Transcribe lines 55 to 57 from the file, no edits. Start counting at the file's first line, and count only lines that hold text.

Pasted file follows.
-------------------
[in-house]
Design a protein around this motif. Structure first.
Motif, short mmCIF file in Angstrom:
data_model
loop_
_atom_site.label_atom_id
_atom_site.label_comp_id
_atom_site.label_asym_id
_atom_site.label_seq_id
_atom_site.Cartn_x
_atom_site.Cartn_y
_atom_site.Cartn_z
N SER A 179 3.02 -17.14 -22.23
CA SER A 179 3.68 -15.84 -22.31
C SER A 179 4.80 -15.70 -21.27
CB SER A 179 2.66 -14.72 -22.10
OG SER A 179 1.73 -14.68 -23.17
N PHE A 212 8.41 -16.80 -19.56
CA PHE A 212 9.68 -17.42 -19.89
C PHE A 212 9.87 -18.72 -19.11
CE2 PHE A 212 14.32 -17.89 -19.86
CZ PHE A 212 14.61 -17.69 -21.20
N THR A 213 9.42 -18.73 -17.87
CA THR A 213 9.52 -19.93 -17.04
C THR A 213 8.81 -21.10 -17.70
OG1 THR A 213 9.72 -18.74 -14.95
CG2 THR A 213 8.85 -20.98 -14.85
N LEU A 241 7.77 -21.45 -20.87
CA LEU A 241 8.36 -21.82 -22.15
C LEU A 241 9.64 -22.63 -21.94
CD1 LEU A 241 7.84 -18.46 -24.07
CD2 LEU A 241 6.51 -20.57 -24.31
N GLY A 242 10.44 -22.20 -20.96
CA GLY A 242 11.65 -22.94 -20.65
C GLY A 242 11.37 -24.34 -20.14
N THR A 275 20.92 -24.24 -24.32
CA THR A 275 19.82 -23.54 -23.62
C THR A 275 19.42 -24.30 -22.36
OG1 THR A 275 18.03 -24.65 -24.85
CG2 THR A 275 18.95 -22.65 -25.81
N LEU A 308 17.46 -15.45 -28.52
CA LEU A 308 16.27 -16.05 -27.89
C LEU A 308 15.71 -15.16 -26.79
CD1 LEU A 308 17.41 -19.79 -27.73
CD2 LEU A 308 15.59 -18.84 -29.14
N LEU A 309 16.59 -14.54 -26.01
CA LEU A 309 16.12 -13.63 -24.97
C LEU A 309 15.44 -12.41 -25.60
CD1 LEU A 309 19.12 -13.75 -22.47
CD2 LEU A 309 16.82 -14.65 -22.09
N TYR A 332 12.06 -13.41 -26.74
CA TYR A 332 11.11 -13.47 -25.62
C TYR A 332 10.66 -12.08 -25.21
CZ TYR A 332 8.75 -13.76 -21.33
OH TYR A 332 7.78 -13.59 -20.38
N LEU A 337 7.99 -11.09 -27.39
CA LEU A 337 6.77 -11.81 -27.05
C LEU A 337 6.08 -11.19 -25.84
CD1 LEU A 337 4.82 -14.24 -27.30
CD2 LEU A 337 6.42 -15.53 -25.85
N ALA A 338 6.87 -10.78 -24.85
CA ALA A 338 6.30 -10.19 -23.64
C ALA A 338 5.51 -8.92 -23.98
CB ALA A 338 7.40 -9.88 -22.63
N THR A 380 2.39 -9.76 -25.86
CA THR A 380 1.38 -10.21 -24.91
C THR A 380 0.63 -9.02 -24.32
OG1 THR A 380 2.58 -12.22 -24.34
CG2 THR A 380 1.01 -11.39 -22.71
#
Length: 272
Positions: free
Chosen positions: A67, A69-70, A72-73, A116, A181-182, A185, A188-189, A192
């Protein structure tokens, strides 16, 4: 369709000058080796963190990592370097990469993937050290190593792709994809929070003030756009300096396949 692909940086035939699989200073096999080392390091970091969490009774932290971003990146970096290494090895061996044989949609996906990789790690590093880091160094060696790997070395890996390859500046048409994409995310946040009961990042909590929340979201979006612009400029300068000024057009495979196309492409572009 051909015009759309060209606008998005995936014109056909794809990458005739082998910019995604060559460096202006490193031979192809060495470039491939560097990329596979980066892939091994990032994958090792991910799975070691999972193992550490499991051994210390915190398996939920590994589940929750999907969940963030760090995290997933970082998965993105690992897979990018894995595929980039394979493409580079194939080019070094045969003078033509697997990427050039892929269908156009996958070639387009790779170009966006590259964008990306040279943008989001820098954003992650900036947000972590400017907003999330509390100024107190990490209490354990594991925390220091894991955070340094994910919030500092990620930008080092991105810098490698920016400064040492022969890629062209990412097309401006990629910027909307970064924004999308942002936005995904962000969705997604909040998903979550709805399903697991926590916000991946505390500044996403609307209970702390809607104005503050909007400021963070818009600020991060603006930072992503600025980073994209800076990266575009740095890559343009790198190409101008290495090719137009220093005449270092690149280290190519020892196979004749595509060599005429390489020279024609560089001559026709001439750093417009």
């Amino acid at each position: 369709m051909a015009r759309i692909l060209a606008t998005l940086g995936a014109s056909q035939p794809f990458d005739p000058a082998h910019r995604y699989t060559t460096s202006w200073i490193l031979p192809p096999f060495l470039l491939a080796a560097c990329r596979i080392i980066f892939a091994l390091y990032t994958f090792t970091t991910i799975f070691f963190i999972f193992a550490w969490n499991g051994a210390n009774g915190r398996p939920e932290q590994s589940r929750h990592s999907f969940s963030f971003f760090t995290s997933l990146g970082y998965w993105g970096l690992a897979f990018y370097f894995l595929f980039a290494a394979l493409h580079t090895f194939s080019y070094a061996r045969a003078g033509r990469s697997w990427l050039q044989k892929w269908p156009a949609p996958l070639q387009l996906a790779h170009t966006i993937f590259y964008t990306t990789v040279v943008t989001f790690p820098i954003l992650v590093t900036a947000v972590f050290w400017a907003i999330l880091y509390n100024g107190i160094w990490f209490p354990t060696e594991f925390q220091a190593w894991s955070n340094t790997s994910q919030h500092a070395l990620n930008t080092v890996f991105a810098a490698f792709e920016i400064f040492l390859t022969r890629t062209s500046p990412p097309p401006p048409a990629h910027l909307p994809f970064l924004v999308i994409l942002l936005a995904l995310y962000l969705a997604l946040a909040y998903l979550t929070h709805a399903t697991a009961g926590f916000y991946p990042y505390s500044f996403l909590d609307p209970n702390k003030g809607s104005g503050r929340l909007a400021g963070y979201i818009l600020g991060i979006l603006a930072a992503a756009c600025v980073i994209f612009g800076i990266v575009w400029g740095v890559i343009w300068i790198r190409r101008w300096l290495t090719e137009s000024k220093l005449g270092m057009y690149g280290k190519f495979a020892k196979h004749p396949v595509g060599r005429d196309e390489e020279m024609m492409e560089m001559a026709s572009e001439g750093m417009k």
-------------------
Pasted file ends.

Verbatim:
OH TYR A 332 7.78 -13.59 -20.38
N LEU A 337 7.99 -11.09 -27.39
CA LEU A 337 6.77 -11.81 -27.05